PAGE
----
We'll Drink to That / Cocktails to warm the soul
These recipes, originally published in March 2011, will help combat the oncoming chill.
With the possible exception of rock salt, nothing says Buffalo winter like alcohol. After hours of shoveling snow, a stressful commute through a blizzard, or just braving the freezing and icy walk from car to home or bar, a well-made winter drink hits the spot and warms the soul.
Just about the only thing that can improve on the classic recipe for hot chocolate is a full-bodied dark liquor to add a kick. I’ve tried everything from peppermint schnapps to Irish whiskey in my cocoa, but the caramel-toffee flavor of a good añejo tequila can’t be beat. This recipe came from tequila goddess Tania Oseguera.
Añejo Tequila Hot Chocolate
15 oz. milk
2 discs Mexican chocolate (extra-dark chocolate with chili pepper may be substituted—if you must)
1 cinnamon stick
1/2 tsp. orange zest
4 oz. heavy cream
Cazadores Añejo or other añejo tequila
Kahlua or other coffee liqueur
Place the first five ingredients in a saucepan on low heat until chocolate is completely melted. Stir. In a brandy snifter, combine ¾ oz. tequila, ½ oz. coffee liqueur, and 2 oz. of the cocoa mixture. Top with whipped cream or marshmallows and a dash of fresh nutmeg. Serves 8–10.
This recipe came from bartender Dan. Over the holidays Dan was kind enough to throw together this creation and suggested we name it something cartoonish following my consumption of a seasonal Tom & Jerry. In tribute to Rudolph and the Island of Misfit Toys, my drinking buddy made the pop-culture reference of the night: “No child wants a Charlie-in-a-box!” Thus was born this scrumptious tipple.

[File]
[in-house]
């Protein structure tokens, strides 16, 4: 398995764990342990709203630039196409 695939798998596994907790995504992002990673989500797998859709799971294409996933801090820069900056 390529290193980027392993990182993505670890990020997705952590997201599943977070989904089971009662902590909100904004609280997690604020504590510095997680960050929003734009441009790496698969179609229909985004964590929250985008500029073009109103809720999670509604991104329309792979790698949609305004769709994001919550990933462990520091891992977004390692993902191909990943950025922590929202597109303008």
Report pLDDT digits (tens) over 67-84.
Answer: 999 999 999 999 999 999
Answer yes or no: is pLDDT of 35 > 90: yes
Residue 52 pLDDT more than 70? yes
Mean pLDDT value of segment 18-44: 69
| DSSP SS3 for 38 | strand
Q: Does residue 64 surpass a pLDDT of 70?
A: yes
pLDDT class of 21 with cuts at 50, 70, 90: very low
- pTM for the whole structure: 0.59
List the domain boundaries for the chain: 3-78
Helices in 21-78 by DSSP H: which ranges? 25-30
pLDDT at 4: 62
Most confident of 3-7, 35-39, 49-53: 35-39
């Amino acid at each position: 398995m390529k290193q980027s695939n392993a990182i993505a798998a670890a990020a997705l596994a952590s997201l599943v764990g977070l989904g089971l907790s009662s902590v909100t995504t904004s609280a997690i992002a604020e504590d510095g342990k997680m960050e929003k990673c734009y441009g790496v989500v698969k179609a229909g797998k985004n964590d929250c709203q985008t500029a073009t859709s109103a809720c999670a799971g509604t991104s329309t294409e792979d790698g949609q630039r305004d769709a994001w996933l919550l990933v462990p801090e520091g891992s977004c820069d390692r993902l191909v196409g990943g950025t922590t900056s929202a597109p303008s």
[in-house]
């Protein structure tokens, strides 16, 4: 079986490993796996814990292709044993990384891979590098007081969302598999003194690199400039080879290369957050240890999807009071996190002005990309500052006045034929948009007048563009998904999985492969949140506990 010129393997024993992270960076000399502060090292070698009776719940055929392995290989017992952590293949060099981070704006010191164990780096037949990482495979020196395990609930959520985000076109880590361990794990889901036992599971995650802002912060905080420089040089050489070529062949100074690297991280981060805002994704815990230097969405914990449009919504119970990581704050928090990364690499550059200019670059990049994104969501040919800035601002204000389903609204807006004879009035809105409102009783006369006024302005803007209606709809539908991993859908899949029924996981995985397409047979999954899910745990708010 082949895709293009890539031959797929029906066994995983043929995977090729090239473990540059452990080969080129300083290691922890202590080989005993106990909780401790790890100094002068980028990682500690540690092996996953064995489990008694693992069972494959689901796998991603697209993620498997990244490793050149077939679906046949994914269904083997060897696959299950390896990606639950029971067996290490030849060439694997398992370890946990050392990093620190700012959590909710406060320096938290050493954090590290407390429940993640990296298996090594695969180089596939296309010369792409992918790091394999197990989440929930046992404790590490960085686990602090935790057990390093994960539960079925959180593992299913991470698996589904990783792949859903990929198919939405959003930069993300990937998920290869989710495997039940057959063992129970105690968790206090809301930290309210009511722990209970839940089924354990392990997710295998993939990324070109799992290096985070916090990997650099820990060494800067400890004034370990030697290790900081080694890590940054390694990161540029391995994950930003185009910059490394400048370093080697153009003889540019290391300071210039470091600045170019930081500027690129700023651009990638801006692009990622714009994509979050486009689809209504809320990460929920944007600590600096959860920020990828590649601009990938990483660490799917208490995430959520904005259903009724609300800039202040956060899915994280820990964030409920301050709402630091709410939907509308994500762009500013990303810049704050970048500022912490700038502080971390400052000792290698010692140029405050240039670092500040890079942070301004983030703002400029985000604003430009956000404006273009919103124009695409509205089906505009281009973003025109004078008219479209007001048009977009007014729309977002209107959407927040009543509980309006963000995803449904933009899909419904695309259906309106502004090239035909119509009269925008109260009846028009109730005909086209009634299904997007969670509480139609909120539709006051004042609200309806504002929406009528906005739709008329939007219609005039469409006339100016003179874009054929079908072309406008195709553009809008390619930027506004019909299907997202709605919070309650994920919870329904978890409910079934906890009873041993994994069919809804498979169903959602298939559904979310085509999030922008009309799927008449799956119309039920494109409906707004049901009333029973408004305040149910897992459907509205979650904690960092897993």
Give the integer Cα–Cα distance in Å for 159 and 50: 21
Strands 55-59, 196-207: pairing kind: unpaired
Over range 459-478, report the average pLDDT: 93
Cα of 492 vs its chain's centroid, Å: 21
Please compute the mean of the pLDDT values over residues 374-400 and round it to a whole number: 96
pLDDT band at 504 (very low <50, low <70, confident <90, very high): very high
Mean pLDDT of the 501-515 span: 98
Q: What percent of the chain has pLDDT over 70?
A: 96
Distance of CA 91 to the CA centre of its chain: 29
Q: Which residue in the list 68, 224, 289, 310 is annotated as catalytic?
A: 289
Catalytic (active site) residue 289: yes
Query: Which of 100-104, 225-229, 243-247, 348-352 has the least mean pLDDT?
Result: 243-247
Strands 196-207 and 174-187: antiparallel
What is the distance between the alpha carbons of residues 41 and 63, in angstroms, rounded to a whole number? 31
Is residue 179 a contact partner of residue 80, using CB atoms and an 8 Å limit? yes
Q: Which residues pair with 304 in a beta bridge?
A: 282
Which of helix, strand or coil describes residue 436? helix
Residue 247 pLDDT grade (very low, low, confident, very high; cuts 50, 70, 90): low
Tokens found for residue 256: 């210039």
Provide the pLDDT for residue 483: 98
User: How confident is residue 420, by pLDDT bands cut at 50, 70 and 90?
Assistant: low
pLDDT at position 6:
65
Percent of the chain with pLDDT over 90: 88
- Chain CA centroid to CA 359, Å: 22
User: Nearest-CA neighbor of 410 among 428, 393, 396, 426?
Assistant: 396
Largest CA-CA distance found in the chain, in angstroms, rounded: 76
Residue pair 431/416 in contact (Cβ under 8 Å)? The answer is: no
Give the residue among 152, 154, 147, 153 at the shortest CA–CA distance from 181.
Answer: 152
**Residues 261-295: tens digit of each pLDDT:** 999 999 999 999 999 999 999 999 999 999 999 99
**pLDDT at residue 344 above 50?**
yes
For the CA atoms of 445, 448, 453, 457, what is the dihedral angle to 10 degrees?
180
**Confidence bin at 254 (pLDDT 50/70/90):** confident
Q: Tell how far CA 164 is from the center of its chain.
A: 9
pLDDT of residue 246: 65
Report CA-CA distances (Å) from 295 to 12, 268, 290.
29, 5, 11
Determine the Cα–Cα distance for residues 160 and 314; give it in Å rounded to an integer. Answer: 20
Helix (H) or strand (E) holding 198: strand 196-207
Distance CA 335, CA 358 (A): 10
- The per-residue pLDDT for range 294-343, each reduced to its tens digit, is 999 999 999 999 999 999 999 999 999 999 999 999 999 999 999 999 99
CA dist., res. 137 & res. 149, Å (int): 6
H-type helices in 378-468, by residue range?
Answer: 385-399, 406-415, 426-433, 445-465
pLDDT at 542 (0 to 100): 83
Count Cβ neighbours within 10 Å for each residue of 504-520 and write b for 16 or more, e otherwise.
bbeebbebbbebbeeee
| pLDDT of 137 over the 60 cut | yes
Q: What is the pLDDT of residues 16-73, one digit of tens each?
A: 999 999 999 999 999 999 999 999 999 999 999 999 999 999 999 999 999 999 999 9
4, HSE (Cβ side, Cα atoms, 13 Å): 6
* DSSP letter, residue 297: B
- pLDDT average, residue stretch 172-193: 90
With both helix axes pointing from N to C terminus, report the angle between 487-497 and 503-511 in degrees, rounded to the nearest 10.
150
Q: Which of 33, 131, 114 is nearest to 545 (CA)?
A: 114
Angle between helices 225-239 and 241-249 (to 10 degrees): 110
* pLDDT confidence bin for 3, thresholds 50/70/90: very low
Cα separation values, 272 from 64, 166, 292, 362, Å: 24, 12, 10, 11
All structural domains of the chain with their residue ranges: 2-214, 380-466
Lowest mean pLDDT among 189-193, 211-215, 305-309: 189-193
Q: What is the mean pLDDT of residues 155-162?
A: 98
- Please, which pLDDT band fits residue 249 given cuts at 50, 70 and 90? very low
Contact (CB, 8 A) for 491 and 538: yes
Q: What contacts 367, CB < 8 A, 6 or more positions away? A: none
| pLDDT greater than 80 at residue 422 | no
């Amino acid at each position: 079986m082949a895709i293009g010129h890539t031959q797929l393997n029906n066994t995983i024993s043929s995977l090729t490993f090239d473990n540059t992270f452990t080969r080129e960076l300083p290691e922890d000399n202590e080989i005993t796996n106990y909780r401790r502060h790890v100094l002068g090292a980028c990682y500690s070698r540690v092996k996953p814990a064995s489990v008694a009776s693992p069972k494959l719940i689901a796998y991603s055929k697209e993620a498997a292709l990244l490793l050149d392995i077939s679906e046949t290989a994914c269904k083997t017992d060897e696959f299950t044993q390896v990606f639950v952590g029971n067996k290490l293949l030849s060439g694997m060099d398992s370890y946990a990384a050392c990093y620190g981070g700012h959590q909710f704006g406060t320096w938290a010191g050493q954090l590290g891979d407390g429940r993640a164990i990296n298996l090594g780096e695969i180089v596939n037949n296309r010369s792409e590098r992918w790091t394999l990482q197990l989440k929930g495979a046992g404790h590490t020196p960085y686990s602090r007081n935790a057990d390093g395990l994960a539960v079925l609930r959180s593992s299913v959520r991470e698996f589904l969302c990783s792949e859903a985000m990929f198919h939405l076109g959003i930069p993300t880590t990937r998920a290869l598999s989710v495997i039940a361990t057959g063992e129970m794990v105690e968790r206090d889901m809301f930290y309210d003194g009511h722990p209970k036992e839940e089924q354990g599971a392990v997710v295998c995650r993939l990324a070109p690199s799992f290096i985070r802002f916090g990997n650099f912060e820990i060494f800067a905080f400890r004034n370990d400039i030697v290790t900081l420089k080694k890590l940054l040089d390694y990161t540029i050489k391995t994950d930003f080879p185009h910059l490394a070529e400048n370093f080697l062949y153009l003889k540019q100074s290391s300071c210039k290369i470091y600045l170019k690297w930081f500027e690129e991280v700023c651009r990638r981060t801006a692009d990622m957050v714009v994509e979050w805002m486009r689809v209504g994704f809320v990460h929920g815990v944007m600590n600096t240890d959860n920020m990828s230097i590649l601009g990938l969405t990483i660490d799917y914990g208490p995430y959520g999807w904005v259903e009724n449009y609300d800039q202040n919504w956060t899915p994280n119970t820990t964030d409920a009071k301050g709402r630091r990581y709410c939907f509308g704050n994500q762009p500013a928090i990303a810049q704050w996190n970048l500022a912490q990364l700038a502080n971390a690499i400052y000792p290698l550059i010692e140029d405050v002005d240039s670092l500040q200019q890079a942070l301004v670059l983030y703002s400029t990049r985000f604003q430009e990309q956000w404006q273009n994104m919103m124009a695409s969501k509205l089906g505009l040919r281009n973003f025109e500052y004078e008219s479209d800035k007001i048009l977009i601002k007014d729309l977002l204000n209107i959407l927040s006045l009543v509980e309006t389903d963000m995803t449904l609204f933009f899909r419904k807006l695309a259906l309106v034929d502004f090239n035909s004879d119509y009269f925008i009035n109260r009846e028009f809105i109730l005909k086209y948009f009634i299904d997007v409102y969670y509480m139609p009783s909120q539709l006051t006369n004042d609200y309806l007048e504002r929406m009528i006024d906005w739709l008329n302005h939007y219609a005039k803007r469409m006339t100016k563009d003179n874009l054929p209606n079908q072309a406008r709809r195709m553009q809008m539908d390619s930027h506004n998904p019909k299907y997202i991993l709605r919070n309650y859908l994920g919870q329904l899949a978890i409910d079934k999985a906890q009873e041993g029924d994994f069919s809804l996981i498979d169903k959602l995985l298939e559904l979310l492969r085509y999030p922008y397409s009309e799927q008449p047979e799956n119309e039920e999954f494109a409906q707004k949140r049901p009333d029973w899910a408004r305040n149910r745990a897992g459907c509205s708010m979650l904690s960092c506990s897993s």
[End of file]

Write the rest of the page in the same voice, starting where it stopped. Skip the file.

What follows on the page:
1 ½ oz. Myers dark rum or other dark rum
3/4 oz. Maker’s Mark or other bourbon
1 bag orange pekoe tea
1 cinnamon stick
Splash of Tom and Jerry mix (in a pinch, whipped cream will do)
Combine rum and bourbon in a glass mug; add hot water to fill glass and throw in the tea bag. Garnish with cinnamon and top with a splash of the egg batter mix or handmade whipped cream.
Rye whiskey is the new bourbon and I couldn’t be happier; good rye is fantastic on its own or in a variety of classic and creative cocktails. None is more delicious or perfect for cold weather than the Sazerac, a drink both contemplative and classy. It’s the official cocktail of the city of New Orleans, so be sure to use Peychaud’s bitters—invented in New Orleans—for historical accuracy.
½ tsp. absinthe
1 tsp. sugar or simple syrup
4 dashes Peychaud’s bitters
1 dash Angostura bitters (optional)
2 oz. Sazerac Rye or other rye whiskey
Coat a rocks glass with the absinthe. Combine the sugar, whiskey and bitters in a shaker, add ice, and stir gently until cold. Strain into glass and add lemon.